Each of the last three years, I have taught photography to youth between the ages of 8 and 13 at the Boys & Girls Club on South Dakota's Rosebud Sioux Reservation. The reservation is home to over 30,000 members of the Sicangu Oyate or the Upper Brule Sioux Tribe, a branch of the Lakota people. The Boys & Girls Club offers after-school and summer tutoring, mentoring, and sports and arts programming to help reservation youth develop into healthy adults.
In 2018, Media Art Xploration (MAX) invited Club youth to exhibit artwork at MAX's 2019 astronomy festival in San Francisco and to travel to San Francisco to see their work on display. Lakota celestial theology, or Star Knowledge, plays an important role in traditional Lakota cultural identity. The ancient Lakota believed that the movement of the sun, moon and stars across the skies influenced life on earth, and that life on earth influenced the movement of celestial bodies.
In the summer and fall of 2018, co-teacher Canadian photographer Josee Schryer and I worked with Club youth to create photographic imagery for the festival. The kids interviewed and photographed Lakota Star Knowledge experts, visited the neighboring Badlands National Park during its annual Astronomy Festival, and photographed themselves, their community and the surrounding landscape, often using mirrors, color filters and other props. Josee and I then combined the children's photographs into groups of four to create 12 large murals exploring the relationship between the photographers, the natural world and the sun and stars. These murals were subsequently displayed at San Francisco's California Academy of Sciences.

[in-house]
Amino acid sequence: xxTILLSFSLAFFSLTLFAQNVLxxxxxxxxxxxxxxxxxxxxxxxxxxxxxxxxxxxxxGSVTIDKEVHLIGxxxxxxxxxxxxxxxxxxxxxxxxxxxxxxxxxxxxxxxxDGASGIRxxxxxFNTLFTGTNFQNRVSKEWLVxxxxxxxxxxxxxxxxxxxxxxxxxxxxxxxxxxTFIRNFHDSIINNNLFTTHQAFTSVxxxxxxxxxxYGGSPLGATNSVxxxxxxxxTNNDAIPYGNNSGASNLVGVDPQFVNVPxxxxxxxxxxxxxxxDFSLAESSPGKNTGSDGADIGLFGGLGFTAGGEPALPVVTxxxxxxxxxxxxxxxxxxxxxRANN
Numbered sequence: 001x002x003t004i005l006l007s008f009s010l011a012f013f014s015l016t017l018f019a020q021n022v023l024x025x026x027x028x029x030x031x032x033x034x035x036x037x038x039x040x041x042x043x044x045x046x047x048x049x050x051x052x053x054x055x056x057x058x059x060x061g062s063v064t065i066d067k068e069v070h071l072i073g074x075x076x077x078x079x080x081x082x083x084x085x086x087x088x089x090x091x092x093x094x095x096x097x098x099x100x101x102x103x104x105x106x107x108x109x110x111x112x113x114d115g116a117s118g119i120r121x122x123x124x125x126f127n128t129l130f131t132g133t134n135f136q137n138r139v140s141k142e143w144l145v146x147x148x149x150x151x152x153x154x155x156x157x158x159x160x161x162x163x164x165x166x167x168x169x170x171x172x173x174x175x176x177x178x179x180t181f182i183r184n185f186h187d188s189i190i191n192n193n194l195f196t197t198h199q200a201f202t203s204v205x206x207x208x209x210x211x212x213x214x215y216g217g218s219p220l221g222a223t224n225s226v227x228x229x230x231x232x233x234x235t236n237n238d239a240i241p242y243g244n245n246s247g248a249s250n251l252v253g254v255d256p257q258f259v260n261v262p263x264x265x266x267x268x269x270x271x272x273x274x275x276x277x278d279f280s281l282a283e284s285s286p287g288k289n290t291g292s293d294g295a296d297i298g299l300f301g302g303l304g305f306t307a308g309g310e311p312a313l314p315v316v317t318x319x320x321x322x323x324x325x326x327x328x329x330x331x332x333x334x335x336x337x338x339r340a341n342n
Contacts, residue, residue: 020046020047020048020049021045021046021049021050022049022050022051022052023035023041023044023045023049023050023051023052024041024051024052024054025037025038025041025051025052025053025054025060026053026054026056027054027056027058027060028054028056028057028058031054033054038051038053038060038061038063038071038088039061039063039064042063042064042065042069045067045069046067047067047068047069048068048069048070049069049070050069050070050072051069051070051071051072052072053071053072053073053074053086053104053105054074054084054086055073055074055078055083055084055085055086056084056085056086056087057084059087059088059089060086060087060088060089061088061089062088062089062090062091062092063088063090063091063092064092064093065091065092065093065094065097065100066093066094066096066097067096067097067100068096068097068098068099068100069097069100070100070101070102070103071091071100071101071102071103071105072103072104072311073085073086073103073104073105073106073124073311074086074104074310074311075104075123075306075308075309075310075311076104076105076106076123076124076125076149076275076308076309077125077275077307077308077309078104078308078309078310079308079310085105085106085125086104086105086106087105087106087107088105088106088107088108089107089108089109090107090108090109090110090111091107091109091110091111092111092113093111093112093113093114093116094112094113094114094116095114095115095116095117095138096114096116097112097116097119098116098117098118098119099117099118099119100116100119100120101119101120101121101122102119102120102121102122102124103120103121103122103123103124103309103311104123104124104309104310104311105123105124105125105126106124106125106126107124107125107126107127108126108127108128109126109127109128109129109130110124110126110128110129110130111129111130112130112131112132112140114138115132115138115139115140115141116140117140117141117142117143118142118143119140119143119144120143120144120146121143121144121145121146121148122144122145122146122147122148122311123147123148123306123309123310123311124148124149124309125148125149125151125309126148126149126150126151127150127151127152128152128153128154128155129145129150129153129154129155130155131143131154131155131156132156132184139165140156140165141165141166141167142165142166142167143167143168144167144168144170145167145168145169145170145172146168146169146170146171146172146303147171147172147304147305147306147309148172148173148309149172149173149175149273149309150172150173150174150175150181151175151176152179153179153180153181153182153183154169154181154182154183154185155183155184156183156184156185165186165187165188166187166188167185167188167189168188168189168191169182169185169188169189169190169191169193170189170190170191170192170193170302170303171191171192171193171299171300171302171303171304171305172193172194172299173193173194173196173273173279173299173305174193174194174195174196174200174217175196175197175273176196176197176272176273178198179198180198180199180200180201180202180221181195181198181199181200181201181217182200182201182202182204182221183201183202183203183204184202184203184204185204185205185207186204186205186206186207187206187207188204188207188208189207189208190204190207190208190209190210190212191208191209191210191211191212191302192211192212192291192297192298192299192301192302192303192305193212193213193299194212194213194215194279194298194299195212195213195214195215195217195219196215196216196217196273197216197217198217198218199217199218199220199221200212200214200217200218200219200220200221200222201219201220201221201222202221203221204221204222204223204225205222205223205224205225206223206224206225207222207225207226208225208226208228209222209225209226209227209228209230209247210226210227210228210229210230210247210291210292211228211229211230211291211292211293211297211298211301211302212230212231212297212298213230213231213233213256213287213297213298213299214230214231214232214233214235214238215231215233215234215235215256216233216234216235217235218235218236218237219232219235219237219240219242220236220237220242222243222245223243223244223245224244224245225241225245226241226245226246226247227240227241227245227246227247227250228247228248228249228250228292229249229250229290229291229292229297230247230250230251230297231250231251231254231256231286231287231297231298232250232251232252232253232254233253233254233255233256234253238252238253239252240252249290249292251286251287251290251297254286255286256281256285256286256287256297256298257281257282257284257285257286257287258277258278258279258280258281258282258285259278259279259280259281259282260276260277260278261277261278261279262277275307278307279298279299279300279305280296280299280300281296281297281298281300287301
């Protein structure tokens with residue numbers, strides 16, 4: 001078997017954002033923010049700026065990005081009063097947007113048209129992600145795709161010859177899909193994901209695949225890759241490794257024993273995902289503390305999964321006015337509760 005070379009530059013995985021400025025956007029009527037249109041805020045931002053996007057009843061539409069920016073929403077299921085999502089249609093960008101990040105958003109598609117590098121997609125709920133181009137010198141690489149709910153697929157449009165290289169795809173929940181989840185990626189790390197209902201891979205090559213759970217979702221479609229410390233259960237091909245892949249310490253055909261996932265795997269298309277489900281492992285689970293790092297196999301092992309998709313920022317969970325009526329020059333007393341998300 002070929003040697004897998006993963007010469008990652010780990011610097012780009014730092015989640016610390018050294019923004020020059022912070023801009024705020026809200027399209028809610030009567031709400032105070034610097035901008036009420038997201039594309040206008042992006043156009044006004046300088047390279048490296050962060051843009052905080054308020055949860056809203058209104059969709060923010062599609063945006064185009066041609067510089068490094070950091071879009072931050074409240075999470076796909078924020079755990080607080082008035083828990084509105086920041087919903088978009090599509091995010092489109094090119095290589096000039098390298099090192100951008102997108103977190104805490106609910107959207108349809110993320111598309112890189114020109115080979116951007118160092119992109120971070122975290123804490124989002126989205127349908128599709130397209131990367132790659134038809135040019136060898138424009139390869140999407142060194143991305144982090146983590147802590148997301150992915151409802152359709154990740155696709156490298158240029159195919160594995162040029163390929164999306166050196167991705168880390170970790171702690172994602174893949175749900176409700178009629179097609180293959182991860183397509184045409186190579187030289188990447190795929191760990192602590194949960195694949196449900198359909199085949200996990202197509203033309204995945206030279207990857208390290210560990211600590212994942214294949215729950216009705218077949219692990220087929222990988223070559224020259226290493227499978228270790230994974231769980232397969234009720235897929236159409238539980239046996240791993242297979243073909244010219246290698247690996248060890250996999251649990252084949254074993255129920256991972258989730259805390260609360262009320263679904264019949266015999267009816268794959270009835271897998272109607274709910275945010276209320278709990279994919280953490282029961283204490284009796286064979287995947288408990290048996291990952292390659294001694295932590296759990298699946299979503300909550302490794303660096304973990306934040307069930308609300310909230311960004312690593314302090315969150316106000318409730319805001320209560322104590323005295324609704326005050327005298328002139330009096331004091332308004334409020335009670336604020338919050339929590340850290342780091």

According to Club executive director, Glen Marshall, the participation of Club youth in the project and their subsequent trip to San Francisco were adventures of a life time.